Introduction: Taking Apart a Floppy Disk Drive

Picture of Taking Apart a Floppy Disk Drive

Remember those old floppy drives? They are so outdated now, but they have many cool parts inside. Here is how to get at them, plus see what a floppy disk drive looks like inside.

Step 1: You Will Need:

Picture of You Will Need:

- a small slot screwdriver

- a floppy disk drive (make sure that your parents are okay with this to those who use their parent's drive)

- a workspace

- effort

-and time

Step 2: Unplug

Take out all the wires from the back.

Step 3: 1st Unscrew

Picture of 1st Unscrew

Unscrew the screw at the back with a small flat screwdriver.

Step 4: Take It From the Top

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Use your fingernail or a flat screwdriver to pry off the top.

Step 5: Pause, Examine...

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Cool huh?

Step 6: Flip, Unscrew

Picture of Flip, Unscrew

Flip it over and then unscrew the three screws.

Step 7: Heave Ho

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Take off the front panel. Push on the little tabs with the small screwdriver.

Step 8: 2 Screws

Picture of 2 Screws

Unscrew the two screws shown in the picture.

Step 9: Circuit Boards

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Unscrew the three screws shown in the pictures.

Step 10: Circuit Boards 2

Picture of Circuit Boards 2

Flip it over and unpug the wires shown in the picture. Then flip it over again and take the circuits and motor off. There are quite a few tabs to take it out from underneath.

Step 11: Disassemble

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Flip it over again. Unscrew the 2 screws shown. Take out the loosened pieces. I think the larger one is part of the disk reader.

Step 12: Disassemble 2

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Unscrew the screws beside the motor still attached to the floppy disk drive's case. It will loosen up the stepper motor assembly.

Step 13: No More Undercover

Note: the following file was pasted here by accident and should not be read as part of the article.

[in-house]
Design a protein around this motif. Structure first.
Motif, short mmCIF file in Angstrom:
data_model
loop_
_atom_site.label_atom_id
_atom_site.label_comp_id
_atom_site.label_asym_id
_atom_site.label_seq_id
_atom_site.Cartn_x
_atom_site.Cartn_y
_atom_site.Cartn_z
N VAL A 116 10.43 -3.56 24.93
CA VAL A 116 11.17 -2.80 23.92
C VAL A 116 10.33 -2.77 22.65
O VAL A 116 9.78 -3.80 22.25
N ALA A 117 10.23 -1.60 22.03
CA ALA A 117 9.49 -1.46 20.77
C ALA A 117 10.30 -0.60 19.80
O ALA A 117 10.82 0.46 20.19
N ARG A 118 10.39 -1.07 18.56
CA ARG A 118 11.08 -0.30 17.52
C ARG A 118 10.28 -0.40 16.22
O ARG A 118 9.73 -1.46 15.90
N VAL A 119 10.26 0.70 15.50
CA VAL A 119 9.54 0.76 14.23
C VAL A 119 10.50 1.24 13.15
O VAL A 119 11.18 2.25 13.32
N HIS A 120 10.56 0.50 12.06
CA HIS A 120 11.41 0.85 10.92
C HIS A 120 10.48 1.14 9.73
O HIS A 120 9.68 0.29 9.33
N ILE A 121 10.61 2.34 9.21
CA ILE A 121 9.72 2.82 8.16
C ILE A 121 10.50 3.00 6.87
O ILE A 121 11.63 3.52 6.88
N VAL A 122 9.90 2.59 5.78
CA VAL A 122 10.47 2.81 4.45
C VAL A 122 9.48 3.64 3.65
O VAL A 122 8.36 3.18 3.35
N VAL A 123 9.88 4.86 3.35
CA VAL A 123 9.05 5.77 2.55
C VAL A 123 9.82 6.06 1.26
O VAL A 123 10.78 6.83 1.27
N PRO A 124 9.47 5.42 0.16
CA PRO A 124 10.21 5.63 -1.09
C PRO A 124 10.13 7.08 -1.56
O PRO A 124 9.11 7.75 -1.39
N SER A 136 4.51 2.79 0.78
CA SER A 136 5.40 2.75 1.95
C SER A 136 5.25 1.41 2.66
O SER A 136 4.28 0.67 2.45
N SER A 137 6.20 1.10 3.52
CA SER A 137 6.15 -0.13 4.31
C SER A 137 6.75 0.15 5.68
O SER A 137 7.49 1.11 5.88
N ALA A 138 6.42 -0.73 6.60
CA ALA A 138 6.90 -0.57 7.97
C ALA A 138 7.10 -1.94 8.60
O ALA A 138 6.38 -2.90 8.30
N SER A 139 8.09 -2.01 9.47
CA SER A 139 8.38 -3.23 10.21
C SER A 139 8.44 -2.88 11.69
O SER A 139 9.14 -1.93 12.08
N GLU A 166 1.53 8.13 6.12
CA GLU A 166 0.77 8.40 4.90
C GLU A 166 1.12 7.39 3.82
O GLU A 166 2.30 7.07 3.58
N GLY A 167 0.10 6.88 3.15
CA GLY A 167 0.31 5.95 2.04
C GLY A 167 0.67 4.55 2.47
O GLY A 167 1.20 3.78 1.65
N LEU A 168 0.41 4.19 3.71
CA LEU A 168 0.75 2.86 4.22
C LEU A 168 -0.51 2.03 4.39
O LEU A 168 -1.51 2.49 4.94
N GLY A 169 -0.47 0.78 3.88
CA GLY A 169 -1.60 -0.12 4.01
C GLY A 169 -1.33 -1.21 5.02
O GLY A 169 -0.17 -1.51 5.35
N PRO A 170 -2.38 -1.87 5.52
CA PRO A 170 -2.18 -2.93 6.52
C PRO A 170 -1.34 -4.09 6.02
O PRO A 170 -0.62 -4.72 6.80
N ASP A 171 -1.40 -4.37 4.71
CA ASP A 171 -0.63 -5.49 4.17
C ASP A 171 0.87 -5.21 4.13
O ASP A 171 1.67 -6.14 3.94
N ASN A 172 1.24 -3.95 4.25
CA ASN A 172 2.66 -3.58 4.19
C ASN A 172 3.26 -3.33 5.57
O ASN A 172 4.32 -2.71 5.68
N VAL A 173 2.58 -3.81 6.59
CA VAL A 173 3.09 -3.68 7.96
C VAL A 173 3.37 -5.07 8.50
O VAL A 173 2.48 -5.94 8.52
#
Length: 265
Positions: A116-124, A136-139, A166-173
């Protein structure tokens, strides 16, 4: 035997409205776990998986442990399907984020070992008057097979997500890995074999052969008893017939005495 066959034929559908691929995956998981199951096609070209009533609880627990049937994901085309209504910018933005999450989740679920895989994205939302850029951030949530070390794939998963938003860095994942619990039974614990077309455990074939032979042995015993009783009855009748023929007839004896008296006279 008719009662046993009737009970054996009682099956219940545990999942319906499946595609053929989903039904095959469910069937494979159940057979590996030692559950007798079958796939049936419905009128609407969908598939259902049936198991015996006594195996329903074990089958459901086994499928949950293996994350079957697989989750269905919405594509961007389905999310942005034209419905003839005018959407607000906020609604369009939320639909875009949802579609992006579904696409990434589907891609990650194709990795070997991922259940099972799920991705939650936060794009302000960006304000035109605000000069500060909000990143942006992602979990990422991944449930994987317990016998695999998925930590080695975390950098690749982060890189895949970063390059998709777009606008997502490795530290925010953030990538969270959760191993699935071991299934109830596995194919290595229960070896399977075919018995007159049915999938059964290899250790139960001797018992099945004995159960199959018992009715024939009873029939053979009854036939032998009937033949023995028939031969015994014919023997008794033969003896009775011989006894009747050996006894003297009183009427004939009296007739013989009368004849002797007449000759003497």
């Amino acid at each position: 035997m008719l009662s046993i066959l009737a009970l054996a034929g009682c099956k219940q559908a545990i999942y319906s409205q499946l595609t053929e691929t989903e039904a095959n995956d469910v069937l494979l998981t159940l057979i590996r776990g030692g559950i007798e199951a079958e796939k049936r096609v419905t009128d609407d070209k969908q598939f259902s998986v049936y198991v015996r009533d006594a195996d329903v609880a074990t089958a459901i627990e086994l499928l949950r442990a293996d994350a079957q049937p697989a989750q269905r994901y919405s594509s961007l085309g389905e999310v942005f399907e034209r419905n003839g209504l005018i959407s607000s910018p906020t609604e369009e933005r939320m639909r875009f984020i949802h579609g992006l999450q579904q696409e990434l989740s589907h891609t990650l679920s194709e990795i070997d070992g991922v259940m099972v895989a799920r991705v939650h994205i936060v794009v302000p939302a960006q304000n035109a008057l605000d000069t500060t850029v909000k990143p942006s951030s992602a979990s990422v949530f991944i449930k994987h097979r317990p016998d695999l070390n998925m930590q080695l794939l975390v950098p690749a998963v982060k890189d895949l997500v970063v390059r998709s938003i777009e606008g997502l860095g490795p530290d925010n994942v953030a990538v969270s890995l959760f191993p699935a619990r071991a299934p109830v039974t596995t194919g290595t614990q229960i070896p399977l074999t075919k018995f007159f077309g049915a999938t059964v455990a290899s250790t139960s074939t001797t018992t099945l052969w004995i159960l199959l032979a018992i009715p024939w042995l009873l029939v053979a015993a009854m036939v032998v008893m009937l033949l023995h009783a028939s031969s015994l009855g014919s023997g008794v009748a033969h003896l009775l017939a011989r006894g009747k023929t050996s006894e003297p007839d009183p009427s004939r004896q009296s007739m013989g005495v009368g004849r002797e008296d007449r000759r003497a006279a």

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First, take out pin shown in picture one. Second, unscrew the screw shown in the second picture. Third take out the metal spring pin assembly. (The third picture shows where it is and the pin is beside the case.) Finally, grip the groove of the cover and force the cover off, away from the motor assembly.

Step 14: Take Apart Motor Assembly

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Disconnect the motor from the slider piece and pull out of the hole it's in.

Step 15: Finishing

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Take out the rest of the circuitry. The picture shows which screw.

Step 16: Finished

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From here you can do what you like. There are a few exposed springs you might want. There is also the rest of the stepper motor slider. I wanted to carefully take out the slider to possibly reuse. Please enjoy your newfound motors and other electronic circuitry!
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Comments

UnclTodd (author)2016-02-12

Your post flashed me back to my 40th birthday present to myself... One of those trick new single-speed parallel-port Backpack CD-ROM drives for my new 386-16 desktop! First on the block with a computer CD drive... $347 from a supplier in Computer Shopper magazine. Hey, it was 1991! LOL

Marcelotom (author)2016-02-12

Parabéns FrenchTost!! Muito bom o post. Tenho vários drives de diskete inclusive de 5.1/4" (!!!!!) Vou aproveitar em algum experimento. Um grande abraço.

Marcelo

Gelfling6 (author)2016-02-11

One thing I've done, especially when working with scavenged electronics, Breadboards, and most recent, converting an ATX power supply into a multi-voltage bench supply, was to remove the 1/4-turn mounted power connector from an old floppy drive, and use it to carry +5V, 2X GND, & +12V to the breadboard, and simply leaving one (the one with the mini & 2x Molex power connectors) cable connected inside. Instant power connection!

Gelfling6 (author)Gelfling62016-02-11

Once you unsolder the connector, remove (clip off) the 'Wings" that stabilize it on the solder side ( /_] & [_\ ) then, carefully un-bend the wires from 90 degree to flat 180.. clean off any excess solder from the end.. and simply plug the solder end into 4 adjacent holes on a breadboard. Simply add the power connector from the supply (can also clip them, and connect other voltages, I've even added +3.3V to projects) and plug it onto the connector.

DeamonS (author)Gelfling62016-02-11

Great ideas. I'm adding that to my list of projects. I have several old computer power supplies.

DeamonS (author)Gelfling62016-02-11

Great ideas. I'm adding that to my list of projects. I have several old computer power supplies.

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